“This was the last contact I had, until my release. When I was released I then had to start up my benefits. I phoned DLA, explained what I wanted and the situation etc. A new claim pack was sent and the rest as they say is history.… . The benefit was not taken away from me, it was surrendered as the law states you have to do.”
10. If as that letter suggests there was in fact no reconsideration of the medical or other conditions of entitlement carried out or any decision taken and notified on that aspect at the time he went into prison, then it has to follow that there must be some mistake in the computer record and his life benefit award has never validly been taken away from him. Conversely there is nothing inherently impossible in the department having taken a second look at the question of any continuing entitlement in the light of whatever was revealed by checks carried out on his physical state at that time, or for that matter the nature of the conviction itself (which was I think for a physical assault). However I do not find it possible to make a satisfactory finding about all this on the material at present before me. The task of sorting out what really did happen will I think be far better undertaken by a fresh tribunal, where the claimant himself will have an opportunity to give further evidence and be asked questions on it, and the department of producing a more comprehensive explanation of what its records really show.
11. I direct the new tribunal that the starting point has to be the claimant’s admitted entitlement to the higher rate mobility and middle rate care components for life under the 1995 award, which it appearls continued in force at the time he went into prison (see the entitlement notice of 22 April 1999 at page 132); and that the mere fact of his imprisonment was an insufficient ground for that entitlement to have been taken away.
12. Thus for the decision under appeal to the tribunal to have been an effective one, they must be satisfied that something else took place in June or September 2000 resulting in a valid and effective decision to supersede and terminate the existing life entitlement at that time. If they find there was, then they should of course proceed to consider and determine the merits of the appeal against the refusal of any higher rate of benefit on the fresh claim in the normal way.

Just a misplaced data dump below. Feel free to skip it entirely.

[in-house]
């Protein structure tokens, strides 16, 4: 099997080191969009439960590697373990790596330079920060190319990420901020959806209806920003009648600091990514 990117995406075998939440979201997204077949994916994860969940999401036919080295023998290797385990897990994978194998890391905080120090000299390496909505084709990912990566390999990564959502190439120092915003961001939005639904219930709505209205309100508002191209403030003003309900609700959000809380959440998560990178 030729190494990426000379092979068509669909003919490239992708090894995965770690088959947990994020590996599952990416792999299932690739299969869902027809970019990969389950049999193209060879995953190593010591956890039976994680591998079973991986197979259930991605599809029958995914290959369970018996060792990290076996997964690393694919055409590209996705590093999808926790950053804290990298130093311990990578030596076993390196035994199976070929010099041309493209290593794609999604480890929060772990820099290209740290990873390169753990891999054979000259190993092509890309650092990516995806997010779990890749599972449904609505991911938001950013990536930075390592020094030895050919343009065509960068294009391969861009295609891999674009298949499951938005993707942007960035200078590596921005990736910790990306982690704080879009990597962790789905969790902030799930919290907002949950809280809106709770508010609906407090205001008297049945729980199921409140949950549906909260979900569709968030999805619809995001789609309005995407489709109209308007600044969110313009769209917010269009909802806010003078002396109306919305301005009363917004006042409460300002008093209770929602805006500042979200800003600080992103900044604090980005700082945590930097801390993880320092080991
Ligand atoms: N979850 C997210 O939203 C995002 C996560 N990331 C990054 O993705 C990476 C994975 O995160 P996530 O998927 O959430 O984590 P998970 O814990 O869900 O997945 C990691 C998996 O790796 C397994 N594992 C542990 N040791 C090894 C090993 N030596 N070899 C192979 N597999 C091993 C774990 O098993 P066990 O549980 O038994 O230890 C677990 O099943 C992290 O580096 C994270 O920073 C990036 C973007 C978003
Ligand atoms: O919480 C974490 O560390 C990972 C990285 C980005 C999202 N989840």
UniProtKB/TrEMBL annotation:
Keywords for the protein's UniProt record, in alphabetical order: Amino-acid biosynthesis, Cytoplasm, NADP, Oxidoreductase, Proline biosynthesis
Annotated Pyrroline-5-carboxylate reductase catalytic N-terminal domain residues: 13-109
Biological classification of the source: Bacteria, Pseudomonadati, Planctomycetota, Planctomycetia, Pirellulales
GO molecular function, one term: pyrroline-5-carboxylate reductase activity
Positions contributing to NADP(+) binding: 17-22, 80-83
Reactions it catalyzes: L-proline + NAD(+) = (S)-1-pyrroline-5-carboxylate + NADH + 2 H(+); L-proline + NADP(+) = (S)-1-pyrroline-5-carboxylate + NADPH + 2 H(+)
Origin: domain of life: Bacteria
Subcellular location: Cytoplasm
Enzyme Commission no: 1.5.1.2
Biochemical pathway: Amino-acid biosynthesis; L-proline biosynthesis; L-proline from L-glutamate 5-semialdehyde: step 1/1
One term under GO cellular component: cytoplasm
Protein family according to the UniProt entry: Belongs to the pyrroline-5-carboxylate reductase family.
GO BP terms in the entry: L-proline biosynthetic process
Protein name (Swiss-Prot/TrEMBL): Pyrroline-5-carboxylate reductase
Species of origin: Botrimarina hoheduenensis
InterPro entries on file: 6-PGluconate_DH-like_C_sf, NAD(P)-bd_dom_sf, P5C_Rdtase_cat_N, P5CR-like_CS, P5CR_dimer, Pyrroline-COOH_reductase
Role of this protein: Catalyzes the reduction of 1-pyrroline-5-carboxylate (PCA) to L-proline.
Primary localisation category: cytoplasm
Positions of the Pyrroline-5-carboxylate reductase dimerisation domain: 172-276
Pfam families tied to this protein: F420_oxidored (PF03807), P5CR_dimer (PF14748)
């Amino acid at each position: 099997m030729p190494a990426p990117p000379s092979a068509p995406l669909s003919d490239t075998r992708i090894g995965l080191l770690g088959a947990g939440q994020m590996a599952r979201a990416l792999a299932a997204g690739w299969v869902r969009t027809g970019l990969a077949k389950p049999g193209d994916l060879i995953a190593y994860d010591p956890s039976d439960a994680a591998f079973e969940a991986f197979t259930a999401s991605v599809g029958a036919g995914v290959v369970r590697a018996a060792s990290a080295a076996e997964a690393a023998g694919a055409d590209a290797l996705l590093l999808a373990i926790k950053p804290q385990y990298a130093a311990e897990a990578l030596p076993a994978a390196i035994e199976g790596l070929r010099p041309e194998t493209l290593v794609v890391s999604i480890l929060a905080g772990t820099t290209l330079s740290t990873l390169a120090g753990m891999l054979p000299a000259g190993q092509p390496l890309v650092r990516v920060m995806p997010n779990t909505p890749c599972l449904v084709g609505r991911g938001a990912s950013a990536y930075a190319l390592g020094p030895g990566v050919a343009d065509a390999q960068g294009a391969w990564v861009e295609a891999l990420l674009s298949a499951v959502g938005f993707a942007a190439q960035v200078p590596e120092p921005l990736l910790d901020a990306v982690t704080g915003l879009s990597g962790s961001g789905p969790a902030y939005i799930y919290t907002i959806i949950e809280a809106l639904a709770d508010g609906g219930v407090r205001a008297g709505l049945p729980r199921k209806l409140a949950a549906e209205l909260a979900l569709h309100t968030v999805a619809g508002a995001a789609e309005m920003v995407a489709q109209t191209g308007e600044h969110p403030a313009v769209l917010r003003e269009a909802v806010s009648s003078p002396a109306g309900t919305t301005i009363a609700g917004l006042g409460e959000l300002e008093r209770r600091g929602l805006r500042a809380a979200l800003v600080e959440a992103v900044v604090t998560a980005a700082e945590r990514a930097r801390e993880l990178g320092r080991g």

13. If there was not, then the consequence has in my judgment to be that what took place in 2003 when the claimant was required to fill out a fresh claim form and a decision was purportedly made on it as a fresh claim was fundamentally flawed. The true position was that the original entitlement for life was then still in being, and there can be no question of the departmental decision of 13 June 2003 taking effect as a decision that it ought to be superseded on one of the permitted grounds, when plainly it decided nothing of the sort: compare the references to a similar abortive decision on a fresh claim while there was in fact a continuing entitlement, in paragraphs 18-19 of the decision of the Tribunal of Commissioners in case CIB 2836/02. On that footing, the fresh tribunal in this case will simply have to declare the decision of 13 June 2003 a nullity, confirm the existence of the continuing entitlement under the original life award, and determine the date from which payment under that award should have been resumed; leaving it to the Secretary of State to start afresh by operating the statutory machinery for superseding that award in the same way as for any other if he considers it should no longer continue, for example by reason of ignorance or mistake of fact in the original decision or a change of material circumstances at some point after it was given.
14. The appeal is therefore allowed and the case remitted for rehearing and redetermination by a fresh tribunal in accordance with the directions given above.
P L Howell
13 December 2004